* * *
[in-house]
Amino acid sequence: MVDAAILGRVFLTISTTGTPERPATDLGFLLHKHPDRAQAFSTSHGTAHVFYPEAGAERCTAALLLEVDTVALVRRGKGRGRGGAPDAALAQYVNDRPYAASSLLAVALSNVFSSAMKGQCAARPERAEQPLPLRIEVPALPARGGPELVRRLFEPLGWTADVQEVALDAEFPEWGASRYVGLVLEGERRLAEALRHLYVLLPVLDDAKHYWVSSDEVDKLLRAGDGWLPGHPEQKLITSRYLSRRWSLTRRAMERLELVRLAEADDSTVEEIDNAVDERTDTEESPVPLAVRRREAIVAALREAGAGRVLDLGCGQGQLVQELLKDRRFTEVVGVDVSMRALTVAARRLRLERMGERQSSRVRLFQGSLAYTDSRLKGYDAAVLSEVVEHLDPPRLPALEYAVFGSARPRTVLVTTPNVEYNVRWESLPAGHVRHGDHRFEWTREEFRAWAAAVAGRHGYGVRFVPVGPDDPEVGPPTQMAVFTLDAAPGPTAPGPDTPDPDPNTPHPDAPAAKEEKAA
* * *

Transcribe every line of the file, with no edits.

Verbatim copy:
[in-house]
Amino acid sequence: MVDAAILGRVFLTISTTGTPERPATDLGFLLHKHPDRAQAFSTSHGTAHVFYPEAGAERCTAALLLEVDTVALVRRGKGRGRGGAPDAALAQYVNDRPYAASSLLAVALSNVFSSAMKGQCAARPERAEQPLPLRIEVPALPARGGPELVRRLFEPLGWTADVQEVALDAEFPEWGASRYVGLVLEGERRLAEALRHLYVLLPVLDDAKHYWVSSDEVDKLLRAGDGWLPGHPEQKLITSRYLSRRWSLTRRAMERLELVRLAEADDSTVEEIDNAVDERTDTEESPVPLAVRRREAIVAALREAGAGRVLDLGCGQGQLVQELLKDRRFTEVVGVDVSMRALTVAARRLRLERMGERQSSRVRLFQGSLAYTDSRLKGYDAAVLSEVVEHLDPPRLPALEYAVFGSARPRTVLVTTPNVEYNVRWESLPAGHVRHGDHRFEWTREEFRAWAAAVAGRHGYGVRFVPVGPDDPEVGPPTQMAVFTLDAAPGPTAPGPDTPDPDPNTPHPDAPAAKEEKAA